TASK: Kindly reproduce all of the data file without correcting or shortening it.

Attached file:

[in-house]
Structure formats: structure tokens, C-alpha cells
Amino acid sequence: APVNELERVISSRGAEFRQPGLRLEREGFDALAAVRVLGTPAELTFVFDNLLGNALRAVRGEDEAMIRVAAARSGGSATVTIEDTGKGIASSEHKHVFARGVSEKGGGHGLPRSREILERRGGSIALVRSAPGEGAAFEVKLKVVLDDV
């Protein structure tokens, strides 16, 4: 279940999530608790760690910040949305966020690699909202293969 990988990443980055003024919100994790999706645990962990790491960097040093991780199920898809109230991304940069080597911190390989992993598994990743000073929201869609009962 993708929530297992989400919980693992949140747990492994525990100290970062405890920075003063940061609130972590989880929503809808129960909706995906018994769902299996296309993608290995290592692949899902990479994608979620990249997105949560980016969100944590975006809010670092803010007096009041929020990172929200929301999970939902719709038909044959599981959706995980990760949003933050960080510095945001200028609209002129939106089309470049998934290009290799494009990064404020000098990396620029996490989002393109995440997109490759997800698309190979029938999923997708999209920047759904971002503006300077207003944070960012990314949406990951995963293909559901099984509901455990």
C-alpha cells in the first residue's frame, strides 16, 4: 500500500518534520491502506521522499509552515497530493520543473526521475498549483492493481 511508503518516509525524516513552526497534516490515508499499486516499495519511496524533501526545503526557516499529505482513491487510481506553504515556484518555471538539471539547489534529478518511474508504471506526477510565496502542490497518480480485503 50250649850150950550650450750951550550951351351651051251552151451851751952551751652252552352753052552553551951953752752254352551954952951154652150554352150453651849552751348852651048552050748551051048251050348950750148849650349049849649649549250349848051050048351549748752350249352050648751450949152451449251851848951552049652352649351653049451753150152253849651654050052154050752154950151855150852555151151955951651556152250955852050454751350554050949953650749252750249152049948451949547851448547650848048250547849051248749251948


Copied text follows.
[in-house]
Structure formats: structure tokens, C-alpha cells
Amino acid sequence: APVNELERVISSRGAEFRQPGLRLEREGFDALAAVRVLGTPAELTFVFDNLLGNALRAVRGEDEAMIRVAAARSGGSATVTIEDTGKGIASSEHKHVFARGVSEKGGGHGLPRSREILERRGGSIALVRSAPGEGAAFEVKLKVVLDDV
């Protein structure tokens, strides 16, 4: 279940999530608790760690910040949305966020690699909202293969 990988990443980055003024919100994790999706645990962990790491960097040093991780199920898809109230991304940069080597911190390989992993598994990743000073929201869609009962 993708929530297992989400919980693992949140747990492994525990100290970062405890920075003063940061609130972590989880929503809808129960909706995906018994769902299996296309993608290995290592692949899902990479994608979620990249997105949560980016969100944590975006809010670092803010007096009041929020990172929200929301999970939902719709038909044959599981959706995980990760949003933050960080510095945001200028609209002129939106089309470049998934290009290799494009990064404020000098990396620029996490989002393109995440997109490759997800698309190979029938999923997708999209920047759904971002503006300077207003944070960012990314949406990951995963293909559901099984509901455990």
C-alpha cells in the first residue's frame, strides 16, 4: 500500500518534520491502506521522499509552515497530493520543473526521475498549483492493481 511508503518516509525524516513552526497534516490515508499499486516499495519511496524533501526545503526557516499529505482513491487510481506553504515556484518555471538539471539547489534529478518511474508504471506526477510565496502542490497518480480485503 50250649850150950550650450750951550550951351351651051251552151451851751952551751652252552352753052552553551951953752752254352551954952951154652150554352150453651849552751348852651048552050748551051048251050348950750148849650349049849649649549250349848051050048351549748752350249352050648751450949152451449251851848951552049652352649351653049451753150152253849651654050052154050752154950151855150852555151151955951651556152250955852050454751350554050949953650749252750249152049948451949547851448547650848048250547849051248749251948